NYSE Euronext sees cost savings in its $9.8 billion deal with Deutsche Boerse at closer to 400 million euros ($583 million), up by about a third from its initial estimate, according to a Big Board spokesman on Sunday.

NYSE Chief Executive Duncan Niederauer also sees the biggest NYSE and Deutsche Boerse customers saving at least $3 billion from the combination of their European derivatives platforms, according to spokesman Richard Adamonis.

Adamonis was confirming comments made earlier by Niederauer in an interview with the Financial Times.

The new savings estimate, along with a 100 million euros in benefits coming from cross-selling and distribution opportunities, would bring the total savings and benefits from the deal to about $725 million, closer to the estimates from a competing takeover offer.

Nasdaq OMX Group Inc and IntercontinentalExchange Inc have launched a rival $11.2 billion takeover bid for NYSE Euronext. That deal promises net savings and benefits, or synergies, of $740 million.

Last week, NYSE's board rejected the Nasdaq/ICE bid for the second time in 11 days.


U.S. Sen. Charles Schumer of New York was expected to ask Nasdaq and ICE about potential job losses if they succeeded in their bid, the Wall Street Journal reported on Sunday.

In a letter expected to be sent Monday, Schumer cited estimates by NYSE that a merger with Nasdaq could cost 1,000 U.S. jobs, or about a third of the U.S.-based employees of the combined company, the Journal reported.

The estimates are based on NYSE's research from about 12 to 18 months ago when it looked at buying Nasdaq, the paper reported, citing an unnamed source.

Earlier this month, Schumer said he was concerned about the impact of the bid on jobs in New York.

A spokesman for Schumer could not be reached immediately for comment late on Sunday.

The U.S. lawmaker is one of the key political figures whose support could be crucial for any deal involving NYSE, the iconic exchange whose takeover can take on a populist hue.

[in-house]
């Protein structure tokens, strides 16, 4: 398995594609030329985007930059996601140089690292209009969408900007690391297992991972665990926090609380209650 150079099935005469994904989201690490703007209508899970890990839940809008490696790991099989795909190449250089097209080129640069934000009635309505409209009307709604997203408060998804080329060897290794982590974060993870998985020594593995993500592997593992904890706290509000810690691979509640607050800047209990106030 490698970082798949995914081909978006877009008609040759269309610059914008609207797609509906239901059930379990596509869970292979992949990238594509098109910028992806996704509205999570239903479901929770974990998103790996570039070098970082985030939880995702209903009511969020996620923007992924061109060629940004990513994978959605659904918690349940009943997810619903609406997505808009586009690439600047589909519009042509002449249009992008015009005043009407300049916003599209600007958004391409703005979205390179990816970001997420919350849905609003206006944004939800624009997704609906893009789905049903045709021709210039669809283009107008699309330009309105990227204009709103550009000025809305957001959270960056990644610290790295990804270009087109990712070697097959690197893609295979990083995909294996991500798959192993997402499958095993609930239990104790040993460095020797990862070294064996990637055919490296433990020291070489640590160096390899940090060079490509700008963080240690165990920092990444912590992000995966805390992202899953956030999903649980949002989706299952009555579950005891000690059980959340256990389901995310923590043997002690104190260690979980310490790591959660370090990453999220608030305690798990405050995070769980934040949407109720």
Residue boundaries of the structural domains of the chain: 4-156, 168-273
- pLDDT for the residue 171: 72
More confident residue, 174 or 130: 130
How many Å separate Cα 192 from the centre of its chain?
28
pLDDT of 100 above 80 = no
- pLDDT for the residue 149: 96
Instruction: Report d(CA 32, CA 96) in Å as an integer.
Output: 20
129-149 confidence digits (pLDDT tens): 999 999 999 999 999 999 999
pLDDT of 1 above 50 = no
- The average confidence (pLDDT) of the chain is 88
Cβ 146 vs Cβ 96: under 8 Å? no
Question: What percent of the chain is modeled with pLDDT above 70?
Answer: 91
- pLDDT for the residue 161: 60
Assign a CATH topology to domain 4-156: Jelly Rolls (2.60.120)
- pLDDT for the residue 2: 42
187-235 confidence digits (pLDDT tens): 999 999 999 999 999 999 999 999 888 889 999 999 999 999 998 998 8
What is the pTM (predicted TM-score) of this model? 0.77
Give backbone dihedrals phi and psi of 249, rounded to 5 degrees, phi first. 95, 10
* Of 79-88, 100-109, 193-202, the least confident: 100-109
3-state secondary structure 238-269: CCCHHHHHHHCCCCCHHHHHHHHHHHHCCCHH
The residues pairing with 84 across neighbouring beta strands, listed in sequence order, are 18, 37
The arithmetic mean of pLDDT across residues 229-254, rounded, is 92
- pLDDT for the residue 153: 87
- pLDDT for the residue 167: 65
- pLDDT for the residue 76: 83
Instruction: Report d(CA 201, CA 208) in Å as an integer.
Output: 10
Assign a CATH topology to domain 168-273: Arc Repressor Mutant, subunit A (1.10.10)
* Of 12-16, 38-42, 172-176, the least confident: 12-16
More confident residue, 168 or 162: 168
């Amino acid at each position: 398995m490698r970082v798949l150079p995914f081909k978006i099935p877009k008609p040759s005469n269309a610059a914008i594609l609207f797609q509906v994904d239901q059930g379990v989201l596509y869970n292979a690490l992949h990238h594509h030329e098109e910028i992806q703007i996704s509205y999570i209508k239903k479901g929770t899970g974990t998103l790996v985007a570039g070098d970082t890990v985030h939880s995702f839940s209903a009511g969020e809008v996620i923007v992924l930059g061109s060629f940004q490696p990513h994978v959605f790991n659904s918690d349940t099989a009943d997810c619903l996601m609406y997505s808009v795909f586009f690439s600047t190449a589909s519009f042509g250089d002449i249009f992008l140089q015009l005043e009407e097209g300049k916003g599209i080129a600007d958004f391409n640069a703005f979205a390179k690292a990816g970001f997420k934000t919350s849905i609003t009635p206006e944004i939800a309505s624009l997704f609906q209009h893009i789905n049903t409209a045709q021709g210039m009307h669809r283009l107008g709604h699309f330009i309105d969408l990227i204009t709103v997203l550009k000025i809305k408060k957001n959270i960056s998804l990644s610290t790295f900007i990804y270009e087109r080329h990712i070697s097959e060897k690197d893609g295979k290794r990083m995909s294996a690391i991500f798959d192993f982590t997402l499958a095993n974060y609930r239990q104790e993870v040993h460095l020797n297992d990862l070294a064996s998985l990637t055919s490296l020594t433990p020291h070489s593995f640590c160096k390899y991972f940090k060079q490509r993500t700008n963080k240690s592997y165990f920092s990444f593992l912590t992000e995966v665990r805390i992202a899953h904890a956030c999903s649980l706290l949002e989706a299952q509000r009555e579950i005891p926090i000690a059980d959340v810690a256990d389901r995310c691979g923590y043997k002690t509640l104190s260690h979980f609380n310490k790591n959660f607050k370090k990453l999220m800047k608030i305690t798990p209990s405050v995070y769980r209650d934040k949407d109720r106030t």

Pride and nationalism around domestic exchanges have scuttled such deals in the past. Earlier this month, the Australian government blocked Singapore Exchange Ltd's $8 billion bid for ASX Ltd, saying changes to the country's financial systems were needed before foreigners could buy the bourse.

In their bid, Nasdaq and ICE are hoping some of these fears work to their advantage over the German exchange. They have appealed heavily to the United States' thirst for remaining the world's financial center, its anxiety about losing out on new listings and its need for a more stable market.


All four exchanges involved in the increasingly bitter takeover battle are trying to persuade NYSE shareholders to back their deal.

Niederauer's comments come ahead of a closely watched NYSE shareholder meeting on April 28 for their annual vote on the company's directors.

Analysts have said that vote could be an early sign of how shareholders feel about the NYSE board's decision to back the Deutsche Boerse over the rival, higher bid.

The vote on the Deutsche Boerse deal is expected on July 7, according to Niederauer's comments and confirmed by his spokesman.

(Reporting by Paritosh Bansal, editing by Bernard Orr and Matt Driskill)